Start and finish: Newborough beach car park, Newborough village, Anglesey
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The dramatic landscape of Cadair Idris, along with the changeable weather, has fuelled the imaginations of generations of story tellers.
As a result, it is an area rich in myth and legend and one of the most famous stories is about Idris the Giant.
Cadair Idris means Idris’s chair in Welsh and the name comes from the giant warrior poet who is said to have created a seat at the top of the mountain to view the heavens.
One day, Idris was sitting in his chair when he felt pieces of grit inside his shoes. He cast the grit down the mountain and the three large stones that rest at the foot of the mountain are said to be those annoying pieces of grit.
Nowadays Cadair Idris is a National Nature Reserve and the mountain’s summit is the destination for thousands of experienced walkers every year.
You can follow in their footsteps part of the way to get a taste of the open mountain on the Nant Cadair Bridge Walk or on the shorter Gorge Climb.
There are also two accessible paths around the lake in the parkland below the mountain. You can find out more about the legend of Idris the giant in the visitor centre and café which also has information about the geology and wildlife of the National Nature Reserve and a film with stunning aerial footage of the mountain.
Watch our film about the legends of Cadair Idris
The film is bi-lingual. The Welsh version plays first and the English version follows after seven minutes.
The Nant Cadair Bridge Walk starts just past the visitor centre at the entrance to the National Nature Reserve. You’ll go through the Celtic Rainforest and enjoy views across the gorge. You’ll then climb steeply onto the lower slopes of the open mountain until you reach Nant Cadair Bridge. From here, you need to retrace your steps to the visitor centre.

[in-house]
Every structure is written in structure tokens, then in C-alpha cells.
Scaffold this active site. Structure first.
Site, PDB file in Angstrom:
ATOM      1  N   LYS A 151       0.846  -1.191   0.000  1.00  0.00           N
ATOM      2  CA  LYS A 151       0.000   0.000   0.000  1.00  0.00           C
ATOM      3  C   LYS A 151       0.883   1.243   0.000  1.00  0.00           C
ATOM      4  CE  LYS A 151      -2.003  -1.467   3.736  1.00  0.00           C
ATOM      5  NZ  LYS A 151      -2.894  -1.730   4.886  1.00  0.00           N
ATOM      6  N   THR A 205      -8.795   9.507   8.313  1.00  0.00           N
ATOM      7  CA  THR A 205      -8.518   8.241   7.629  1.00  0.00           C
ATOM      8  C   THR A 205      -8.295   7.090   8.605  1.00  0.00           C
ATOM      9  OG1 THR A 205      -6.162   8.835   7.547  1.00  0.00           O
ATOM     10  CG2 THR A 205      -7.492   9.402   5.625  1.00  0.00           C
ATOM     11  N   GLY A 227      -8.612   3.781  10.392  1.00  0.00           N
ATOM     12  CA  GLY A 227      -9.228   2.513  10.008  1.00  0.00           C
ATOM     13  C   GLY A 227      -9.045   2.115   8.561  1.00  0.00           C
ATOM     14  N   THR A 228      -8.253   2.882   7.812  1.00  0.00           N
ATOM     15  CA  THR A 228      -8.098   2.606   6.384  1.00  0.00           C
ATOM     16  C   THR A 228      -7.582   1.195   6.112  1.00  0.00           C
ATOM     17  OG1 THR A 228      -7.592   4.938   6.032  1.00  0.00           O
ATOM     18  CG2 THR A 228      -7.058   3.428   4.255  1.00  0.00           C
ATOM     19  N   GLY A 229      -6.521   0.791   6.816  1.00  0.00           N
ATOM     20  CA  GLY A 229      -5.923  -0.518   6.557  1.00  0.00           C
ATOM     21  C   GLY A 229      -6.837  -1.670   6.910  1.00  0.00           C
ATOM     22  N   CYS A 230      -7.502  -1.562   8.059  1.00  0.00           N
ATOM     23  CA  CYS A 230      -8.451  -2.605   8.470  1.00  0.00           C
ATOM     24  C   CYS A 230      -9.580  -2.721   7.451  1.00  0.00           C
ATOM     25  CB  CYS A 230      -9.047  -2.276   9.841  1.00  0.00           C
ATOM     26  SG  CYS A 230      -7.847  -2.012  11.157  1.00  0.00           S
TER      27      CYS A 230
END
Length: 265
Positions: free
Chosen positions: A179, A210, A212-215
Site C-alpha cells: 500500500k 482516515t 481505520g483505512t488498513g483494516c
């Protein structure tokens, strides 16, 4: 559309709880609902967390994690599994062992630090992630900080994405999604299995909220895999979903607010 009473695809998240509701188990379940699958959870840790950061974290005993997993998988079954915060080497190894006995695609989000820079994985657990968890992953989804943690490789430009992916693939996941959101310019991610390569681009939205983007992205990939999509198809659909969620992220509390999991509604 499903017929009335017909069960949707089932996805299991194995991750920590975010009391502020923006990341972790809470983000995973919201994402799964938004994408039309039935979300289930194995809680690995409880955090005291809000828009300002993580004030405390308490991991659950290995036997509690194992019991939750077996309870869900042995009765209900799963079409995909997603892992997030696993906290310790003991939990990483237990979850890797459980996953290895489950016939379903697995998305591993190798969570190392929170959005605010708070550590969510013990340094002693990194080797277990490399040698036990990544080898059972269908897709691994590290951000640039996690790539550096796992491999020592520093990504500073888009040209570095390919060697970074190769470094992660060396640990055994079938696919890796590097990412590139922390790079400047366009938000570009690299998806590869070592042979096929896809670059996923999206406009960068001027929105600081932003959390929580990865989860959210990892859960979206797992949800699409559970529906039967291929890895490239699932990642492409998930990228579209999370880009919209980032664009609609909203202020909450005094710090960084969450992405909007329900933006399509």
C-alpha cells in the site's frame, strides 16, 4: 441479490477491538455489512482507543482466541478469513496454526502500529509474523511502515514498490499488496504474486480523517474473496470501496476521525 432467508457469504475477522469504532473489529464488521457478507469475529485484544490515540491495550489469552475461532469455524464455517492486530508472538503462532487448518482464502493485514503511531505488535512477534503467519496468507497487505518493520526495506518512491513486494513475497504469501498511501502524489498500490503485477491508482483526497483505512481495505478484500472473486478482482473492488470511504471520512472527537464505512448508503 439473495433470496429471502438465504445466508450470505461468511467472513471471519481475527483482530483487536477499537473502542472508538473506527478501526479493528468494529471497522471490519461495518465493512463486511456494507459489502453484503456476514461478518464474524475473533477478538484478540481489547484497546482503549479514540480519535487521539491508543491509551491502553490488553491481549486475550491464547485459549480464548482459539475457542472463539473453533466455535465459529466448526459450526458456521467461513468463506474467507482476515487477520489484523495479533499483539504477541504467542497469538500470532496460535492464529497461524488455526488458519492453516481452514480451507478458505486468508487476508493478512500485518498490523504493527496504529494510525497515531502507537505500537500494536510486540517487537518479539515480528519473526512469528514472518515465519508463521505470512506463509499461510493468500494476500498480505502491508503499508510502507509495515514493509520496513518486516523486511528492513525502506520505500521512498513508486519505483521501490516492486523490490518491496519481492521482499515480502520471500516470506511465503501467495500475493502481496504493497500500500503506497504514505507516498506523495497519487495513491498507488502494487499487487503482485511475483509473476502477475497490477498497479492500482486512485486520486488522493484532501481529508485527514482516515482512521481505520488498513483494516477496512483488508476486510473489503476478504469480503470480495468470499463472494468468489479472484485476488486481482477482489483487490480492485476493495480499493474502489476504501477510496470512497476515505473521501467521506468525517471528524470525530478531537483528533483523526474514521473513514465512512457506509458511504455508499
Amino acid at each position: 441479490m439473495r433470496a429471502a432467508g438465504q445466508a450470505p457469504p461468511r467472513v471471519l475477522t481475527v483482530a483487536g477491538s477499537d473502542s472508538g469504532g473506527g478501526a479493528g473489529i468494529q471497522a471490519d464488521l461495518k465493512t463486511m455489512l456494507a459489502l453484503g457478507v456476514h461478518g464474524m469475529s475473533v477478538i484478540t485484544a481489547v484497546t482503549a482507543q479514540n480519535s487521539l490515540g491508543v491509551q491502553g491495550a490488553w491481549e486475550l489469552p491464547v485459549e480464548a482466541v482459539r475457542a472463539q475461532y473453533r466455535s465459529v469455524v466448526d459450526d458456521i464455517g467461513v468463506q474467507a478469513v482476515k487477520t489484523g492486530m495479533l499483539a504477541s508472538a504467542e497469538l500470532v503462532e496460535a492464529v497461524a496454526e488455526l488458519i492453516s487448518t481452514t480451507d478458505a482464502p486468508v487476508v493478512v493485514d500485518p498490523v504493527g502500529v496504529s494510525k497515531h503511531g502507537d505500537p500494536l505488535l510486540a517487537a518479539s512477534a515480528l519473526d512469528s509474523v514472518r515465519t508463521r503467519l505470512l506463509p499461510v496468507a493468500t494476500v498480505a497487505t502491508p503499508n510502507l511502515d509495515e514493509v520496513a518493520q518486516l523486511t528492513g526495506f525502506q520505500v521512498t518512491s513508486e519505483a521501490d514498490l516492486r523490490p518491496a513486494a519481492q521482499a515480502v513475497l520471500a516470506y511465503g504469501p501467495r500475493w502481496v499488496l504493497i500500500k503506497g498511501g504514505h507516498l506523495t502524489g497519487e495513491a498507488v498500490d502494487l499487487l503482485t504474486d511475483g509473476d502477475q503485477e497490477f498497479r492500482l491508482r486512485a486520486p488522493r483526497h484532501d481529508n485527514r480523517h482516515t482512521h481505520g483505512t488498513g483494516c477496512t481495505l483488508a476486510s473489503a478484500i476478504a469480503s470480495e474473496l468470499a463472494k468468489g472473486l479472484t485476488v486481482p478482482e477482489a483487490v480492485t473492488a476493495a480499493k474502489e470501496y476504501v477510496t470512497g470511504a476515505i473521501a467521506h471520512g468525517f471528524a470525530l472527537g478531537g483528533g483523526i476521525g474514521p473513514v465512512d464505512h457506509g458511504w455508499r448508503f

The path itself is known as the Minffordd path and it continues to the summit of Cadair Idris. However, it is a very steep and strenuous climb which should only be attempted by experienced walkers with appropriate clothing, footwear, and a map.
Length: This is a linear (there and back) trail which is ½ mile (1km) long one way.
Terrain: The path from the car park to the visitor centre is wide and accessible but the Nant Cadair Bridge Walk takes you onto the open mountain. It is a strenuous and steep walk with a total climb of 620ft (190m).
Start and finish: Cadair Idris Visitor Centre (accessed from the Snowdonia National Park Authority car park off the A487 between Machynlleth and Dolgellau).
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The bridge over a dramatic gorge is the setting for the legend of Susie Dol y Clochyd who was said to be a witch.
A local lord claimed Susie’s beloved cat was hunting on his land, and so he killed it.
Susie was distraught and so she turned herself into a hare and lured the lord’s hunting hounds to chase her over the gorge.